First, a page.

Researchers gain control over soft-molecule synthesis
By gaining control over shape, size and composition during synthetic molecule assembly, researchers can begin to probe how these factors influence the function of soft materials.
Recalling happy memories during adolescence can reduce risk of depression
Recalling positive events and experiences can help young people build resilience against depression in later life, suggests new research from the University of Cambridge.
Surge protector: A novel approach to suppressing therapy-induced tumor growth and recurrence
Following up on a groundbreaking 2018 study in which BIDMC's Dipak Panigrahy, MD, demonstrated that dead and dying cancer cells killed by conventional cancer treatments paradoxically trigger inflammation that promotes tumor growth and metastasis, a new study led by Allison Gartung, PhD, describes a novel approach to suppressing chemotherapy-induced tumor growth in an ovarian cancer model.
3,000-year-old eastern North American quinoa discovered in Ontario
A mass of charred seeds found while clearing a home construction site in Brantford, Ontario, has been identified as ancient, domesticated goosefoot (C. berlandieri spp. jonesianum), a form of quinoa native to Eastern North America.
Store craft beer in a cool place and consume it as fresh as possible
A new study by the Leibniz-Institute for Food Systems Biology at the Technical University of Munich (Leibniz-LSB@TUM) shows that craft beer should be kept cool and consumed as fresh as possible.
Memory of last meal influences when, how much rats eat next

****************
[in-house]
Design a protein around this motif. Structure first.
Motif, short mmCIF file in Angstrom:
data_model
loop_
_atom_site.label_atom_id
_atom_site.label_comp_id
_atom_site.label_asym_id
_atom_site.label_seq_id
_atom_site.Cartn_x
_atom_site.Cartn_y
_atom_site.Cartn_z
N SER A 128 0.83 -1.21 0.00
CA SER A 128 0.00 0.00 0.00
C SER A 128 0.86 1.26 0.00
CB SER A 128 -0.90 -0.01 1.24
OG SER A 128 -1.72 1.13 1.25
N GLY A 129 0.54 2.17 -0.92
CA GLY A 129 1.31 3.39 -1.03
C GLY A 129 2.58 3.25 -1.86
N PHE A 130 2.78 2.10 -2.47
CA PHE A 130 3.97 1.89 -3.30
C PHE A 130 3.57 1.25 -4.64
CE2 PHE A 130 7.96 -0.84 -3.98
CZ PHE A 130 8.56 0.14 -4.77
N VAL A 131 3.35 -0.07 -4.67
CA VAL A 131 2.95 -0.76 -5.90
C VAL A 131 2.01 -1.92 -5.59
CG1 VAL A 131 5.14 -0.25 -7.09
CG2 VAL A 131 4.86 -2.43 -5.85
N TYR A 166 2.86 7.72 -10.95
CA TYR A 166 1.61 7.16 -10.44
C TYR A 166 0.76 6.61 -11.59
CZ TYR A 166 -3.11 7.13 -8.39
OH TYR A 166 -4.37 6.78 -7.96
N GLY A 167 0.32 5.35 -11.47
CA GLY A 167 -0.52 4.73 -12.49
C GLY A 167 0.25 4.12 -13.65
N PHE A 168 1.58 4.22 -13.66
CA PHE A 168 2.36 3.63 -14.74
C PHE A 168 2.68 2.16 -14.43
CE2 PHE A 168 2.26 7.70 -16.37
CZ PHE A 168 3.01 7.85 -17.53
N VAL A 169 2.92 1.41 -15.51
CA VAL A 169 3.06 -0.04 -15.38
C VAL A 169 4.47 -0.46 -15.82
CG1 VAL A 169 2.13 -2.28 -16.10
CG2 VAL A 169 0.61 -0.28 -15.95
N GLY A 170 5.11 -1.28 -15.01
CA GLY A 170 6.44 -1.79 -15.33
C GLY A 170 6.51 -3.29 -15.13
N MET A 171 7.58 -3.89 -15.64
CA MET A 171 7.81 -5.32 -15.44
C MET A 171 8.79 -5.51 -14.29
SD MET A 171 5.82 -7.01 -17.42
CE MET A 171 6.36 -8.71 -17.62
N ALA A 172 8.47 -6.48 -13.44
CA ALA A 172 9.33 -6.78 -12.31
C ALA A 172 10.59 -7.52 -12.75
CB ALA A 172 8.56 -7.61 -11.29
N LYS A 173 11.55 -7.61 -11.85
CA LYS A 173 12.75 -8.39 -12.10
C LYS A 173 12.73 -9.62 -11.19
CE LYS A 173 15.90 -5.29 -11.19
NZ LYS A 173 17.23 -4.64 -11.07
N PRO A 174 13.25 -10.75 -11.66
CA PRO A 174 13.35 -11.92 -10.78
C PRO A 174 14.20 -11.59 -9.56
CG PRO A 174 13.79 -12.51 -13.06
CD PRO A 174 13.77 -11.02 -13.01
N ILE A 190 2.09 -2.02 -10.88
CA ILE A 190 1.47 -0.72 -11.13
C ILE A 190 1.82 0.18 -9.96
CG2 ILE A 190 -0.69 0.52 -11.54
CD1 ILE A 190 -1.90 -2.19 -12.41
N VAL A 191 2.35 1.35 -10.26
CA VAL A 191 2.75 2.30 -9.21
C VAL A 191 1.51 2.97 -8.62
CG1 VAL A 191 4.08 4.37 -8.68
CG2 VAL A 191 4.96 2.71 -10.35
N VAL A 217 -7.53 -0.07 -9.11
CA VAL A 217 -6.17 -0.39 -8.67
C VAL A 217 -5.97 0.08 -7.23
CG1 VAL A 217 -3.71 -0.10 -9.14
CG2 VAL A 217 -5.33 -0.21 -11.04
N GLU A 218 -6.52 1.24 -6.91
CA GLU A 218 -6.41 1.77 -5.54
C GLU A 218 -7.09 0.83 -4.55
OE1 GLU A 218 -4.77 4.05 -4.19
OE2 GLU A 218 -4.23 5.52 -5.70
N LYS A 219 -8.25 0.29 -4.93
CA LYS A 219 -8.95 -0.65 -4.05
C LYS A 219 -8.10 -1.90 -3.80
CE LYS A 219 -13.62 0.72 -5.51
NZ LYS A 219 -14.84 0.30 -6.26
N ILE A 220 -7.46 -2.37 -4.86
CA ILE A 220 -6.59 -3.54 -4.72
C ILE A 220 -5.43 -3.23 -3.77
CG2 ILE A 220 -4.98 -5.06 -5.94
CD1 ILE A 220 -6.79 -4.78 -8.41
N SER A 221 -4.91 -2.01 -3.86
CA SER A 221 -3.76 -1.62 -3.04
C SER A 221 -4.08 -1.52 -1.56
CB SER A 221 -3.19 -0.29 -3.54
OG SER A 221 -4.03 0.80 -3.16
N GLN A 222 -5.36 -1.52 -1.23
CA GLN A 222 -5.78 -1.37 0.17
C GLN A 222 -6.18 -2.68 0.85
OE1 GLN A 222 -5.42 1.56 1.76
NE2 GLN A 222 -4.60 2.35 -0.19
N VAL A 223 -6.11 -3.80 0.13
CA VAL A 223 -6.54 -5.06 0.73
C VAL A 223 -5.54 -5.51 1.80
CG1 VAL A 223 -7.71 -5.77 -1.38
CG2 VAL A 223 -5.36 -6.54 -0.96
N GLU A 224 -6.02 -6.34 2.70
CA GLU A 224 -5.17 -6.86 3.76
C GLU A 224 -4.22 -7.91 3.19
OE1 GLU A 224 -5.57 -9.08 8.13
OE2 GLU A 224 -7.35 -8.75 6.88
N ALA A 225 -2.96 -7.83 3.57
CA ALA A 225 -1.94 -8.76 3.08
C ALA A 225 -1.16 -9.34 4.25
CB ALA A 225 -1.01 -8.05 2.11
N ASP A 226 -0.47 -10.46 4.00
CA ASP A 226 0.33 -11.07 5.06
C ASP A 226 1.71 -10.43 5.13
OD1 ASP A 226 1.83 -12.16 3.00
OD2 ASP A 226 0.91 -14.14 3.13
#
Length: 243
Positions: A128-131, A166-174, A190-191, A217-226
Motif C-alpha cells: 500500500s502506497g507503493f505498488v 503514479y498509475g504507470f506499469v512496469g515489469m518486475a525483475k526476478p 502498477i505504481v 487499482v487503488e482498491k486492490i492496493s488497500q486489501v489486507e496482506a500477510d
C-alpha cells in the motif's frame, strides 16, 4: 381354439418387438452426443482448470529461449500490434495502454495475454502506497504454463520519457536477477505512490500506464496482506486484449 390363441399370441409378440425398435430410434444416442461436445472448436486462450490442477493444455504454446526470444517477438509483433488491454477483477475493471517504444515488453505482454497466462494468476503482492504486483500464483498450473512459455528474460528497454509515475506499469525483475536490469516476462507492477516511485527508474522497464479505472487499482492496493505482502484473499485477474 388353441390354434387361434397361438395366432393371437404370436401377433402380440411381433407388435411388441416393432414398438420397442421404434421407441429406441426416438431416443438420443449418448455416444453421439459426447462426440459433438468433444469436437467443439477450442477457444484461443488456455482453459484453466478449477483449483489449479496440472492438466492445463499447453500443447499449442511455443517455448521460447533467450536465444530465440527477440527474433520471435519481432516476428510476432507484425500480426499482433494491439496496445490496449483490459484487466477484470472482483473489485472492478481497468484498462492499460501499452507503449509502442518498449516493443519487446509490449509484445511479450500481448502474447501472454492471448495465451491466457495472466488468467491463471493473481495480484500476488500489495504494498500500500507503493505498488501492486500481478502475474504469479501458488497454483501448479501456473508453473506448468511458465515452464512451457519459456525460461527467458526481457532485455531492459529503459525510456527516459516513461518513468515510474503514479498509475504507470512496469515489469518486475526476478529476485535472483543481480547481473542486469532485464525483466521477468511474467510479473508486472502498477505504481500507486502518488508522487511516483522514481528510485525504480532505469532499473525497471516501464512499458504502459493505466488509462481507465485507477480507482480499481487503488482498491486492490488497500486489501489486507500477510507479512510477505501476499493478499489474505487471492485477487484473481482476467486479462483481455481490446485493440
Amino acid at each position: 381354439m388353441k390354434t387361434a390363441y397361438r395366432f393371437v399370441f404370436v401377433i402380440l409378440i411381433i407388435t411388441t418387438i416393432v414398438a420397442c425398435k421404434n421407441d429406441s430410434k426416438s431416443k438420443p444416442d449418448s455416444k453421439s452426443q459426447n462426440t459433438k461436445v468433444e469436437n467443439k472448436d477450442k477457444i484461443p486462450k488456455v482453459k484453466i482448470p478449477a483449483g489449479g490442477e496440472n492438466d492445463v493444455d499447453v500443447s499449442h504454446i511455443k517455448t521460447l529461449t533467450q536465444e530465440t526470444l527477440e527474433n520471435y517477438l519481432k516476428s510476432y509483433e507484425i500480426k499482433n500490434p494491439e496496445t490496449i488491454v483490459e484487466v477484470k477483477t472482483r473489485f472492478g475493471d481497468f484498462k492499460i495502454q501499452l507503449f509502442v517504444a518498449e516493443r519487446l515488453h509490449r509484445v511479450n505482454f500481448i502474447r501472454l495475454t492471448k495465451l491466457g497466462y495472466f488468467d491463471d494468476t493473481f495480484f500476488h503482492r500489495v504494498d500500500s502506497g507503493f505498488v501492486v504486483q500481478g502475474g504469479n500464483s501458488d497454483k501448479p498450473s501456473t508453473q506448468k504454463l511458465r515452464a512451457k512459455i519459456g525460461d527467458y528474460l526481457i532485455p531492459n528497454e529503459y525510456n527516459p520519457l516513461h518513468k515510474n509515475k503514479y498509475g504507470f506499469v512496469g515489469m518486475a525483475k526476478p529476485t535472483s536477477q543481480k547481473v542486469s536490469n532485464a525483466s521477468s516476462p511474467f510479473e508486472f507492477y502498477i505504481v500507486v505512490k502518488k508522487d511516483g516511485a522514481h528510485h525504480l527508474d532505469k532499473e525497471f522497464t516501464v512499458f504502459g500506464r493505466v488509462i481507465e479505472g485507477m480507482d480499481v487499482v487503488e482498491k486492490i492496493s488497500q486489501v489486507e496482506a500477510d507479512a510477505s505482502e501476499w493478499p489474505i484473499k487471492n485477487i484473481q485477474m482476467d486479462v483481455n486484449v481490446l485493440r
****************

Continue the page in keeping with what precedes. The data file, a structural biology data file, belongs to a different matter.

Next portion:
Researchers have identified cells in the brains of male rats that appear to control future food intake by preserving memories of past meals.
Cilia beat to an unexpected rhythm in male reproductive tract, study in mice reveals
Waves of undulating cilia drive several processes essential to life.
TGF-beta pathway protects against uterine cancer
Two new mouse models of uterine cancer reveal that the TGF-beta signaling pathway in uterine cells protects against the disease by suppressing the overgrowth and oncogenesis of the endometrium, the membrane lining the inside of the uterus.
Early child deprivation and neglect impair memory and executive functioning at age 16
Young children experiencing deprivation and neglect in institutional settings have impaired memory and executive functioning at ages 8 and 16 compared with peers placed early in quality foster homes, report investigators at Boston Children's Hospital.
A little weed may change the teenage brain
Teenagers who report using recreational marijuana just once or twice display increased volume of numerous brain regions, according to a study of 14-year-olds from Ireland, England, France, and Germany.
Study of mutation order may change understanding of how tumors develop
Cancers most commonly arise because of a series of two to five mutations in different genes that combine to cause a tumor.
Epigenetic change causes fruit fly babies to inherit diet-induced heart disease